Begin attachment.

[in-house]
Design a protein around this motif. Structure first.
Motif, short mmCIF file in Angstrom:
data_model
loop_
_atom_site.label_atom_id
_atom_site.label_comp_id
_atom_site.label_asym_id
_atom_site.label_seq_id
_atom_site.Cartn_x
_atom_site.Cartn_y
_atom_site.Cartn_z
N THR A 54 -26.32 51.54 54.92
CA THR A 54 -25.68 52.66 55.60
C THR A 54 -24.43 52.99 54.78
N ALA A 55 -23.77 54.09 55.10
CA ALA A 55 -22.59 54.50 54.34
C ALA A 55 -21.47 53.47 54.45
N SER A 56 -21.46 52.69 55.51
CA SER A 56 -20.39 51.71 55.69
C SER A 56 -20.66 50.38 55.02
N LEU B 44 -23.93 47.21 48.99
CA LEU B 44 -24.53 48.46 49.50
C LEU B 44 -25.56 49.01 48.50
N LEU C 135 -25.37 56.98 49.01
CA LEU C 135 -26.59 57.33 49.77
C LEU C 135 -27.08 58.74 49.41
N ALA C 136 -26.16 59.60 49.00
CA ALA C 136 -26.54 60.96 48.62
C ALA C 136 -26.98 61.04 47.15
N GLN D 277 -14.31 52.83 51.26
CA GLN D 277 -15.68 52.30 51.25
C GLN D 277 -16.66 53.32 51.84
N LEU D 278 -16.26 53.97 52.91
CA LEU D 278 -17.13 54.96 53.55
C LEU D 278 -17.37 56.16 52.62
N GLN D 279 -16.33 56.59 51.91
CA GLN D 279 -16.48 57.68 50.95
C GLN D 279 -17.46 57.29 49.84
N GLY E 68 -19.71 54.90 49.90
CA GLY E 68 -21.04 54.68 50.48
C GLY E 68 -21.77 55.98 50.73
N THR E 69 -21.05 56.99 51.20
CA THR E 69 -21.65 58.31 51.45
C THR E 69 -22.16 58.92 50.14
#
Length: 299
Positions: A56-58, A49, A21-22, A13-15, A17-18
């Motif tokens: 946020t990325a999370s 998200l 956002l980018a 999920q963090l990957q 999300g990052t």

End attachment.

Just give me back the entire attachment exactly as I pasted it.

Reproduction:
[in-house]
Design a protein around this motif. Structure first.
Motif, short mmCIF file in Angstrom:
data_model
loop_
_atom_site.label_atom_id
_atom_site.label_comp_id
_atom_site.label_asym_id
_atom_site.label_seq_id
_atom_site.Cartn_x
_atom_site.Cartn_y
_atom_site.Cartn_z
N THR A 54 -26.32 51.54 54.92
CA THR A 54 -25.68 52.66 55.60
C THR A 54 -24.43 52.99 54.78
N ALA A 55 -23.77 54.09 55.10
CA ALA A 55 -22.59 54.50 54.34
C ALA A 55 -21.47 53.47 54.45
N SER A 56 -21.46 52.69 55.51
CA SER A 56 -20.39 51.71 55.69
C SER A 56 -20.66 50.38 55.02
N LEU B 44 -23.93 47.21 48.99
CA LEU B 44 -24.53 48.46 49.50
C LEU B 44 -25.56 49.01 48.50
N LEU C 135 -25.37 56.98 49.01
CA LEU C 135 -26.59 57.33 49.77
C LEU C 135 -27.08 58.74 49.41
N ALA C 136 -26.16 59.60 49.00
CA ALA C 136 -26.54 60.96 48.62
C ALA C 136 -26.98 61.04 47.15
N GLN D 277 -14.31 52.83 51.26
CA GLN D 277 -15.68 52.30 51.25
C GLN D 277 -16.66 53.32 51.84
N LEU D 278 -16.26 53.97 52.91
CA LEU D 278 -17.13 54.96 53.55
C LEU D 278 -17.37 56.16 52.62
N GLN D 279 -16.33 56.59 51.91
CA GLN D 279 -16.48 57.68 50.95
C GLN D 279 -17.46 57.29 49.84
N GLY E 68 -19.71 54.90 49.90
CA GLY E 68 -21.04 54.68 50.48
C GLY E 68 -21.77 55.98 50.73
N THR E 69 -21.05 56.99 51.20
CA THR E 69 -21.65 58.31 51.45
C THR E 69 -22.16 58.92 50.14
#
Length: 299
Positions: A56-58, A49, A21-22, A13-15, A17-18
């Motif tokens: 946020t990325a999370s 998200l 956002l980018a 999920q963090l990957q 999300g990052t």